“In the blue family, I would like the verb”asks Esteban to Hadjar, who gives him the card with the blue border on which it is written " Growing up ". “In the orange family, I would like the determinant”then claims Amina from Esteban. “What is a determinant again? »he says to his two comrades, in a moment of hesitation.
In this classroom on the first floor of the long brick building of the Sainte-Marie college in Roubaix, ten students from 3e, including Esteban, Hadjar and Amina, participate in a personalized help session in French on this Tuesday afternoon. Their teacher, Samia Merzouki, revisited the game of the seven families to make them revise the grammatical classes. “These notions often represent a headache for students. There, they learn while having fun, and I can better identify the blockages and help them to verbalize their difficulties »relates the teacher, who "I can't[t] not offer this type of whole-class activity".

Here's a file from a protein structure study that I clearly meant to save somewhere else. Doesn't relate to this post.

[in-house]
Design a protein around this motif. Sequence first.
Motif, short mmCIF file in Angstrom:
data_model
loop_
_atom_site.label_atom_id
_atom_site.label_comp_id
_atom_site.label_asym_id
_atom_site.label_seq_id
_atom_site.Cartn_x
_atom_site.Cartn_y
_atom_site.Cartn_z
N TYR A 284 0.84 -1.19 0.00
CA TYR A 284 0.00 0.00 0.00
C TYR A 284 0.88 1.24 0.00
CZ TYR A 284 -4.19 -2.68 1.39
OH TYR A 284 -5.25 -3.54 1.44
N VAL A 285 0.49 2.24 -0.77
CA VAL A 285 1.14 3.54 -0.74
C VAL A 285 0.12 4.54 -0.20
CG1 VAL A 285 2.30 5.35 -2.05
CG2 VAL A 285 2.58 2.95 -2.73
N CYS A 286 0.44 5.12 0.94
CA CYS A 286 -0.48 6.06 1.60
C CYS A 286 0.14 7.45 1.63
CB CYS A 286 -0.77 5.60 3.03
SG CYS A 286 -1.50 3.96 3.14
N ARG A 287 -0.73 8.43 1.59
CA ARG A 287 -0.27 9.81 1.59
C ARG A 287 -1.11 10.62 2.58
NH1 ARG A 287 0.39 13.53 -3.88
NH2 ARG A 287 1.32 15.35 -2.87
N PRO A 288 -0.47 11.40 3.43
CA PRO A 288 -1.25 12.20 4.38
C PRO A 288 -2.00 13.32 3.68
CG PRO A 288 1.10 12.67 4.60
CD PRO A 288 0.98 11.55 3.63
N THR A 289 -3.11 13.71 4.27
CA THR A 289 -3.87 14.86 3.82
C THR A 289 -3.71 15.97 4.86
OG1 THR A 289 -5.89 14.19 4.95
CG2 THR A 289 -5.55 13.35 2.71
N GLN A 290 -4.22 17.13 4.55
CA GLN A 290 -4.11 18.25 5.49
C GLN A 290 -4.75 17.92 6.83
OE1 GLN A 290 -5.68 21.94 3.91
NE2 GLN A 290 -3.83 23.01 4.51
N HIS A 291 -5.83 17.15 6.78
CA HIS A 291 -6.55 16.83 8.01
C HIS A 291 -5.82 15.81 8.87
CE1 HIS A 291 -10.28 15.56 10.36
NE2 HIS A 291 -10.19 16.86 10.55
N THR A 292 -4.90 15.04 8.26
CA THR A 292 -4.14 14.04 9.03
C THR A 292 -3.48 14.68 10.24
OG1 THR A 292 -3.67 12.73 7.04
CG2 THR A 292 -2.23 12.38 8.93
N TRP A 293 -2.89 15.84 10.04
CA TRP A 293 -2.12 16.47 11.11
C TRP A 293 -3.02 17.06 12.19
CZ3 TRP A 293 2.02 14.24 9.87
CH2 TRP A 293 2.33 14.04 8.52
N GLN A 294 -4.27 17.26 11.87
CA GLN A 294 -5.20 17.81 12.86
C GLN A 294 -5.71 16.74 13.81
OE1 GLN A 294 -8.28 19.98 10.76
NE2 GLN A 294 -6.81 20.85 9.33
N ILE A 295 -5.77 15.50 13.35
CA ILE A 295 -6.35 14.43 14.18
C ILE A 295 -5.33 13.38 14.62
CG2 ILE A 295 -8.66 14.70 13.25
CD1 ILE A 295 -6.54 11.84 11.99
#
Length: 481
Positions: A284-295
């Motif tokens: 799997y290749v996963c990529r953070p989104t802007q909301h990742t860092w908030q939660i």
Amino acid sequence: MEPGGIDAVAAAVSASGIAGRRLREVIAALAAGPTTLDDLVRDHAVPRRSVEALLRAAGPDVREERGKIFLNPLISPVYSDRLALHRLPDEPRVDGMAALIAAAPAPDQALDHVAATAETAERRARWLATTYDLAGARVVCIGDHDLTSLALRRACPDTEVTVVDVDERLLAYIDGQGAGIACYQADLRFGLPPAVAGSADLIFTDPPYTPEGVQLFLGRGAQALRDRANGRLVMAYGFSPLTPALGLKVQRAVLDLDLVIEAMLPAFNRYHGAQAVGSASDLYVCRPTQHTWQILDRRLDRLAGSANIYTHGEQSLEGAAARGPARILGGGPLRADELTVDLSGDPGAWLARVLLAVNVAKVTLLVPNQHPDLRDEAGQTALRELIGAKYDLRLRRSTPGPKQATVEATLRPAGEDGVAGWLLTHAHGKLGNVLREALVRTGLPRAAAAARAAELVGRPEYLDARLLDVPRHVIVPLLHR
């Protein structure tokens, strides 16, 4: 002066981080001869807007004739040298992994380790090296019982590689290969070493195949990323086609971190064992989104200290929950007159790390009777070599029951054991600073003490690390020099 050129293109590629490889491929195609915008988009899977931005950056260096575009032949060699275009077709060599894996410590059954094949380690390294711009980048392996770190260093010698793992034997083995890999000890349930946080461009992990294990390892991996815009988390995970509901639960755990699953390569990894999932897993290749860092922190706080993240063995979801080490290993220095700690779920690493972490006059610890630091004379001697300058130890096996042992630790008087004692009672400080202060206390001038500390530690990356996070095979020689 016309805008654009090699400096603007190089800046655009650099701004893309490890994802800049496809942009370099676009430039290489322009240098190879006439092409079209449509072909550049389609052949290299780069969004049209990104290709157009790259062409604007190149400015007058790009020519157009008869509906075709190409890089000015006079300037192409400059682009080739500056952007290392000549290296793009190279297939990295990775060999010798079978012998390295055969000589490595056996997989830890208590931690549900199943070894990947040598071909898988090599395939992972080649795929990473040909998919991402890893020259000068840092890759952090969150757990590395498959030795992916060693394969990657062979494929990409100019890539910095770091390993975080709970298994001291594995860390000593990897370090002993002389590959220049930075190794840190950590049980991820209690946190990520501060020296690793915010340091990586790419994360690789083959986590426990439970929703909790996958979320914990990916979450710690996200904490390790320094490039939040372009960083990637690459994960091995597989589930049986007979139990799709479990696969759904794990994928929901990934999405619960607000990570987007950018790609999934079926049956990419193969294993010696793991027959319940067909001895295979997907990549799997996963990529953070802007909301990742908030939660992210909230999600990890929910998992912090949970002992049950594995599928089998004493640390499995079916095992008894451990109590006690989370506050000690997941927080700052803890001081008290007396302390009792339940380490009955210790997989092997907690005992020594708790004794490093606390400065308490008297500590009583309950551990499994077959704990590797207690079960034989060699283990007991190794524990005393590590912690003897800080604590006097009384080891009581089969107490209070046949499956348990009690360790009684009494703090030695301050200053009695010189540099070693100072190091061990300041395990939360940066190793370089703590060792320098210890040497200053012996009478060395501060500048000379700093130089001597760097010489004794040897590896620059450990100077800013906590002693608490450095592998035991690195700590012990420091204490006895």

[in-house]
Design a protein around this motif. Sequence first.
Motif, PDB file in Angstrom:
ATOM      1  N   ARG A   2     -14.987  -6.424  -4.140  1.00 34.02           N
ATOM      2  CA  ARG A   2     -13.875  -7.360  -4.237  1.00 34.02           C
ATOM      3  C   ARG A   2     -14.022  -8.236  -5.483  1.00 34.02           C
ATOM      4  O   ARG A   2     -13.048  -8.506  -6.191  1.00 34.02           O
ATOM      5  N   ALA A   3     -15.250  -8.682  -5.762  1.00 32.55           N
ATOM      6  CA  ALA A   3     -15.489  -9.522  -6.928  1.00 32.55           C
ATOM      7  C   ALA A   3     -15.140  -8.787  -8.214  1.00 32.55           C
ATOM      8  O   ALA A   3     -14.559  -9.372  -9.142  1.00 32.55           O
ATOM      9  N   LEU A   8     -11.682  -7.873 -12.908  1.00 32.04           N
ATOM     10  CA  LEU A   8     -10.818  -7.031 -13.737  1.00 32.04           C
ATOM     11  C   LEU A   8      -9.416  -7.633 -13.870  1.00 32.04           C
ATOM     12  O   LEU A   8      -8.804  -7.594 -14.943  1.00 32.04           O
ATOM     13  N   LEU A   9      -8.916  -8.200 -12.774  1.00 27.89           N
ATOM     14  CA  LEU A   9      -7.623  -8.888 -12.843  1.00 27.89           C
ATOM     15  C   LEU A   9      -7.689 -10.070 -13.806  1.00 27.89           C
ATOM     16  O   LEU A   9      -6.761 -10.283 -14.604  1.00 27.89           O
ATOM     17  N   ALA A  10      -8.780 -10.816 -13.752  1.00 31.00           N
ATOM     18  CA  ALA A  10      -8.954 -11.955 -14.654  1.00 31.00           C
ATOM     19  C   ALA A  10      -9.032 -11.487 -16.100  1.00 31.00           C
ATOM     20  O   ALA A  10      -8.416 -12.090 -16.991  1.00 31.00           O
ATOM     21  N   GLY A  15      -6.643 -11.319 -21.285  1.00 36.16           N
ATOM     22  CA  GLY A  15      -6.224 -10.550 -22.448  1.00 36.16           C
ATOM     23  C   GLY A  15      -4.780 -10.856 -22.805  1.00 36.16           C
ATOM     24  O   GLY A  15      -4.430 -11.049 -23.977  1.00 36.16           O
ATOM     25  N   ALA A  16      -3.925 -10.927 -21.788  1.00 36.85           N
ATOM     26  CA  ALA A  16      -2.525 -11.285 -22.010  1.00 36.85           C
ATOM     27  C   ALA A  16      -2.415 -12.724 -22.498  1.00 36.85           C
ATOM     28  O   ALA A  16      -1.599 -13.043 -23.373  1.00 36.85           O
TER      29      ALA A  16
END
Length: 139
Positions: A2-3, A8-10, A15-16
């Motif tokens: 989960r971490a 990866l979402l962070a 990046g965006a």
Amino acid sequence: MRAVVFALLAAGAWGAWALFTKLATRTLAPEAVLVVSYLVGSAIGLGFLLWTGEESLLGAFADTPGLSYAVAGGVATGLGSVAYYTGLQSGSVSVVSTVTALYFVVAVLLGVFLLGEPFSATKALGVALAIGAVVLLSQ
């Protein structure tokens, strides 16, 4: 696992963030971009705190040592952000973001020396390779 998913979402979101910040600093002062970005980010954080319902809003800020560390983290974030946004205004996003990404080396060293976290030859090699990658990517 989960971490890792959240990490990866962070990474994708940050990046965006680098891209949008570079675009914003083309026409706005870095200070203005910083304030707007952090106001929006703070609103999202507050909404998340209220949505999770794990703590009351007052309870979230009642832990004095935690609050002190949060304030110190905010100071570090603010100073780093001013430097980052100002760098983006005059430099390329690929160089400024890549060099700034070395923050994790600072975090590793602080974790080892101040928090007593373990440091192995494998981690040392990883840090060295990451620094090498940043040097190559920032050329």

The 420 students of this private college under contract, belonging to the network of La Salle Catholic schools, have become accustomed to these support sessions positioned three times a week in their schedule. Located in a disadvantaged district of Roubaix, this establishment is at the antipodes of the wealthy private schools in the city center. A few figures summarize the population received: 75% of students are on scholarships, 46% have no working parent and nearly 37% come from single-parent families. Tuition fees have been set at 442 euros per year to coincide with the minimum amount of scholarships. So, to allow "everyone's success"dear to the educational project of the ecclesiastic of the XVIIe century Jean-Baptiste de La Salle (1651-1719), whose portrait is omnipresent in the establishment, the educational team has been engaged in a real upheaval for two years.
Gone are the one-hour classes, instead of forty-five-minute sessions, which free up time for these sessions in smaller groups. Four stages have been defined for this personalized help: support, remediation, deepening and help with homework. The teachers of each level meet every three weeks to review the students and offer them the appropriate aids. “This organization requires us to play collectively, in order to work on the same course progressions, for example. But, in the end, we can adapt to the students most in difficulty as well as to those who can go faster,” recognizes Tarak Majouli, maths teacher and master planner.
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